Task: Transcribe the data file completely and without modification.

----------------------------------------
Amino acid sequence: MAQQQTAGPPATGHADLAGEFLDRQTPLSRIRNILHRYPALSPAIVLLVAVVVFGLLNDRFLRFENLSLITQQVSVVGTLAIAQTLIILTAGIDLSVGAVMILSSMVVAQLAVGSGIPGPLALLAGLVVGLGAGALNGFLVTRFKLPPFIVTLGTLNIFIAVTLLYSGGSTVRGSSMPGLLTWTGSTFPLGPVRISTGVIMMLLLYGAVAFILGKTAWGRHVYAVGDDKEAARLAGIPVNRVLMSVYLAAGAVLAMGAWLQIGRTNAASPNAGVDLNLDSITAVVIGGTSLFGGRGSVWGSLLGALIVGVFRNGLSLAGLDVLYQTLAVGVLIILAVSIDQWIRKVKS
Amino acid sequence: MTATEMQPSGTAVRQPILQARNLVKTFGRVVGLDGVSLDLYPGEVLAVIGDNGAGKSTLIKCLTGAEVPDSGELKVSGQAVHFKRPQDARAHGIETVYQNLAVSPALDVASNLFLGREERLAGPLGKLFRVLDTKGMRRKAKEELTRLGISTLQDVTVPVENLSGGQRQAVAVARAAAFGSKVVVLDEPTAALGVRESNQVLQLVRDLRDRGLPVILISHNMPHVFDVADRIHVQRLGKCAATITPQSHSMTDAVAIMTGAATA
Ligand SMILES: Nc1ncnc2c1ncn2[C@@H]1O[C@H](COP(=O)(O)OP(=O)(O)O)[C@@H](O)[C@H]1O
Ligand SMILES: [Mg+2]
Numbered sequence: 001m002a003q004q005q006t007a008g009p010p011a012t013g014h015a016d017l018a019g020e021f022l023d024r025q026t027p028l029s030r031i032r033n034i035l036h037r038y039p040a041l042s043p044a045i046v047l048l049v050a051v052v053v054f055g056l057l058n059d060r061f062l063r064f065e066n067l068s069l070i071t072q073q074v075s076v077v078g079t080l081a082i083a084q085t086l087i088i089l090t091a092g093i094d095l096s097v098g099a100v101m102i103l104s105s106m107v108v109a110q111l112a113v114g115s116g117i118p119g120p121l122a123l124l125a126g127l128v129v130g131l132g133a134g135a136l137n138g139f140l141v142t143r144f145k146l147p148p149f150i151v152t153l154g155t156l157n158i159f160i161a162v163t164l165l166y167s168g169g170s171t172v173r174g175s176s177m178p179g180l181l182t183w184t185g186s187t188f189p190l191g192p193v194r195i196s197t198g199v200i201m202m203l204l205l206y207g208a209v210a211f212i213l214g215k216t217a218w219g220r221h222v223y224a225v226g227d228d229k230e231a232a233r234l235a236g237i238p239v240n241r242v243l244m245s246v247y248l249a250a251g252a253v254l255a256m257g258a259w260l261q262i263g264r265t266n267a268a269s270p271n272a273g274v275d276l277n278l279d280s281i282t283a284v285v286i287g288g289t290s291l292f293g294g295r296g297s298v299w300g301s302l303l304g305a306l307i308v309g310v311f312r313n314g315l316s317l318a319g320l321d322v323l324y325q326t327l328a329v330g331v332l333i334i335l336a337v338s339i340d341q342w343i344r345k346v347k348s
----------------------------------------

Amino acid sequence: MAQQQTAGPPATGHADLAGEFLDRQTPLSRIRNILHRYPALSPAIVLLVAVVVFGLLNDRFLRFENLSLITQQVSVVGTLAIAQTLIILTAGIDLSVGAVMILSSMVVAQLAVGSGIPGPLALLAGLVVGLGAGALNGFLVTRFKLPPFIVTLGTLNIFIAVTLLYSGGSTVRGSSMPGLLTWTGSTFPLGPVRISTGVIMMLLLYGAVAFILGKTAWGRHVYAVGDDKEAARLAGIPVNRVLMSVYLAAGAVLAMGAWLQIGRTNAASPNAGVDLNLDSITAVVIGGTSLFGGRGSVWGSLLGALIVGVFRNGLSLAGLDVLYQTLAVGVLIILAVSIDQWIRKVKS
Amino acid sequence: MTATEMQPSGTAVRQPILQARNLVKTFGRVVGLDGVSLDLYPGEVLAVIGDNGAGKSTLIKCLTGAEVPDSGELKVSGQAVHFKRPQDARAHGIETVYQNLAVSPALDVASNLFLGREERLAGPLGKLFRVLDTKGMRRKAKEELTRLGISTLQDVTVPVENLSGGQRQAVAVARAAAFGSKVVVLDEPTAALGVRESNQVLQLVRDLRDRGLPVILISHNMPHVFDVADRIHVQRLGKCAATITPQSHSMTDAVAIMTGAATA
Ligand SMILES: Nc1ncnc2c1ncn2[C@@H]1O[C@H](COP(=O)(O)OP(=O)(O)O)[C@@H](O)[C@H]1O
Ligand SMILES: [Mg+2]
Numbered sequence: 001m002a003q004q005q006t007a008g009p010p011a012t013g014h015a016d017l018a019g020e021f022l023d024r025q026t027p028l029s030r031i032r033n034i035l036h037r038y039p040a041l042s043p044a045i046v047l048l049v050a051v052v053v054f055g056l057l058n059d060r061f062l063r064f065e066n067l068s069l070i071t072q073q074v075s076v077v078g079t080l081a082i083a084q085t086l087i088i089l090t091a092g093i094d095l096s097v098g099a100v101m102i103l104s105s106m107v108v109a110q111l112a113v114g115s116g117i118p119g120p121l122a123l124l125a126g127l128v129v130g131l132g133a134g135a136l137n138g139f140l141v142t143r144f145k146l147p148p149f150i151v152t153l154g155t156l157n158i159f160i161a162v163t164l165l166y167s168g169g170s171t172v173r174g175s176s177m178p179g180l181l182t183w184t185g186s187t188f189p190l191g192p193v194r195i196s197t198g199v200i201m202m203l204l205l206y207g208a209v210a211f212i213l214g215k216t217a218w219g220r221h222v223y224a225v226g227d228d229k230e231a232a233r234l235a236g237i238p239v240n241r242v243l244m245s246v247y248l249a250a251g252a253v254l255a256m257g258a259w260l261q262i263g264r265t266n267a268a269s270p271n272a273g274v275d276l277n278l279d280s281i282t283a284v285v286i287g288g289t290s291l292f293g294g295r296g297s298v299w300g301s302l303l304g305a306l307i308v309g310v311f312r313n314g315l316s317l318a319g320l321d322v323l324y325q326t327l328a329v330g331v332l333i334i335l336a337v338s339i340d341q342w343i344r345k346v347k348s